Readers smack back on Web browsers

Computerworld readers responded to our opinionated "Browser Smackdown" with some strong views of their own.

Last week, we presented "Browser Smackdown: Firefox vs. IE vs. Opera vs. Safari," an opinionated look at four of today's top browsers. After reading the four authors' arguments in favor of their chosen browser, we asked readers to vote for the best of the current crop of browsers.

With around 50% of the vote, Firefox 2 is clearly the favorite among Computerworld readers in our admittedly unscientific poll. Safari 2 has a strong following too, capturing nearly 25% of the vote. (You can still vote in the poll, or see the full results.)

We also invited readers to weigh in via e-mail. The biggest hue and cry came from readers who objected to reviewer Preston Gralla's assertion that Internet Explorer leads the market because users like it and see no reason to switch to another browser. You'll find those responses in Readers say IE's market-share numbers depend on how, and what, you count.

But we also received many letters supporting or lambasting the various browsers that our readers have used. Below are some of their comments, which have been edited for grammar and length. Readers' initials have been used when we didn't receive permission to use full names.

Have something to add? Weigh in at our Sound Off blog.


The letters from Windows users echo our poll results, with Firefox being the favorite. One thing is very clear: Internet Explorer 7 is not a big winner with Computerworld readers.

Firefox gives users what they want

Most people don't like major changes. Microsoft reinvents itself every three weeks whether it needs to or not. Just when you get to know how IE works and you are at ease with it, then MS changes everything. Now Firefox (I converted to it about a year ago) seems to be able to give you new features without radically changing everything. This is good -- keep what works and only change what doesn't.

-- Jim Goodman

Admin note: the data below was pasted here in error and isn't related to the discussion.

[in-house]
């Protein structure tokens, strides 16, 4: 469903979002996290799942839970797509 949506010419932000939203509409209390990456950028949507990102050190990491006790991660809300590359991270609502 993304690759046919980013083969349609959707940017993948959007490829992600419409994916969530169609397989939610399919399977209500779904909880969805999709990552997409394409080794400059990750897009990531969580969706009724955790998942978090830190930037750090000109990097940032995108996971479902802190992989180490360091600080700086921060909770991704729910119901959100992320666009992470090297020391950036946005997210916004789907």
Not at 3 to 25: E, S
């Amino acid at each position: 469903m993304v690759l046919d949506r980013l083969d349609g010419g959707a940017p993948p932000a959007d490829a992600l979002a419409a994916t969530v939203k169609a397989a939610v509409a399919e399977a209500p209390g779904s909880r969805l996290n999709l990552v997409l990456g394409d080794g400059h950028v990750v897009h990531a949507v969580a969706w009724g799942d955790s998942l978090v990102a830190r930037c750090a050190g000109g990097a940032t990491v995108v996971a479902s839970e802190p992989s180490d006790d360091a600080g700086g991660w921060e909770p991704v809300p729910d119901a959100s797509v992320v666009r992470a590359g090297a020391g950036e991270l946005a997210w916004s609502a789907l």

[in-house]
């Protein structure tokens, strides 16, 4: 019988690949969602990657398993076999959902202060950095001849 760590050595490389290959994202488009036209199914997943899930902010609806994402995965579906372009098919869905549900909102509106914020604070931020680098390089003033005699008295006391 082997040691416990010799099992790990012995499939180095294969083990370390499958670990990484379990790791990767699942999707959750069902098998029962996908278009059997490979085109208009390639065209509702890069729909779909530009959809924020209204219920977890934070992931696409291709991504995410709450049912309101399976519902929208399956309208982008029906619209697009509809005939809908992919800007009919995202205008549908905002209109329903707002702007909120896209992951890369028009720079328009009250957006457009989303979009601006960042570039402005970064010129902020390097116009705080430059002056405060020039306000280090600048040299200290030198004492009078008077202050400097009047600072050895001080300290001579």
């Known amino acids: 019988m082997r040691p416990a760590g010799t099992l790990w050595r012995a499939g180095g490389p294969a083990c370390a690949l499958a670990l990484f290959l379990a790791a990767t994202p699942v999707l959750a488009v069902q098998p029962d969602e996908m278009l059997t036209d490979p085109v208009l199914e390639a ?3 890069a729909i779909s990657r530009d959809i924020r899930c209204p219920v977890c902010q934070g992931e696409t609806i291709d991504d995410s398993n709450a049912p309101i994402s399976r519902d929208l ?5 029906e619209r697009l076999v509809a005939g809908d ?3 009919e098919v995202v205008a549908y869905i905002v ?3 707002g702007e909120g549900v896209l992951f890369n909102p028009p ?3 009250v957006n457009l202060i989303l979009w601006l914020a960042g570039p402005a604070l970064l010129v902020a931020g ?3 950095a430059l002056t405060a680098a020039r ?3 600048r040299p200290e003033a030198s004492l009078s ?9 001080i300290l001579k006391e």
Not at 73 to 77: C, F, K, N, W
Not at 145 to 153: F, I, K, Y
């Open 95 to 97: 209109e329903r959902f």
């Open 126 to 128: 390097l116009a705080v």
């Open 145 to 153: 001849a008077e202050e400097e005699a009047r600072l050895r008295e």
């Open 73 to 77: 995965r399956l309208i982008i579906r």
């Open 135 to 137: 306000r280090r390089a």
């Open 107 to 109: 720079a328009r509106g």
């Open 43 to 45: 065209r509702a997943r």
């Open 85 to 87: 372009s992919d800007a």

IE7 forced me to switch

For the first time EVER, I am using something other than IE as my default browser. The MS rendition of the Edsel, a.k.a. IE7, is so poorly done that I was forced to switch. If IE7 is an indication of the upcoming Vista, MS has not shot themselves in the foot, but rather in the head.

-- Richard Wick

I installed IE7 and bad things started happening

I've been using Firefox for a long time and only use IE for those few sites where the developers aren't smart enough to make their stuff work in anything else.

I can't really comment on IE7 since immediately after installation, bad things started happening, and it got much worse after rebooting (Microsoft's solution to everything!). I finally got the computer working well enough to uninstall IE7 and consign it to the graveyard of useless -- actually, dangerous -- crap, where it will forever remain.

-- Larry M. Bryant

Why choose just one browser?

I normally have all three browsers open on my desktop at the same time. My overall favorite is Opera because I always open it with my last session and because I can customize features. I prefer Firefox when I need to open multiple windows because I can open the new window with a keyboard shortcut to avoid using the mouse. Finally, I use IE7 for sites that don't work with either of the two browsers above.

-- Robert Holley

Netscape users: try SeaMonkey

You were correct to dismiss Netscape 7, but you should realize that there is a replacement with the power of Firefox and the integration and look and feel of Netscape: [Mozilla's] SeaMonkey. It is a perfect upgrade for Netscape users and provides the best integration of Internet functions, with the exception of an RSS reader (where IE7 is the best).

-- Dale DePriest

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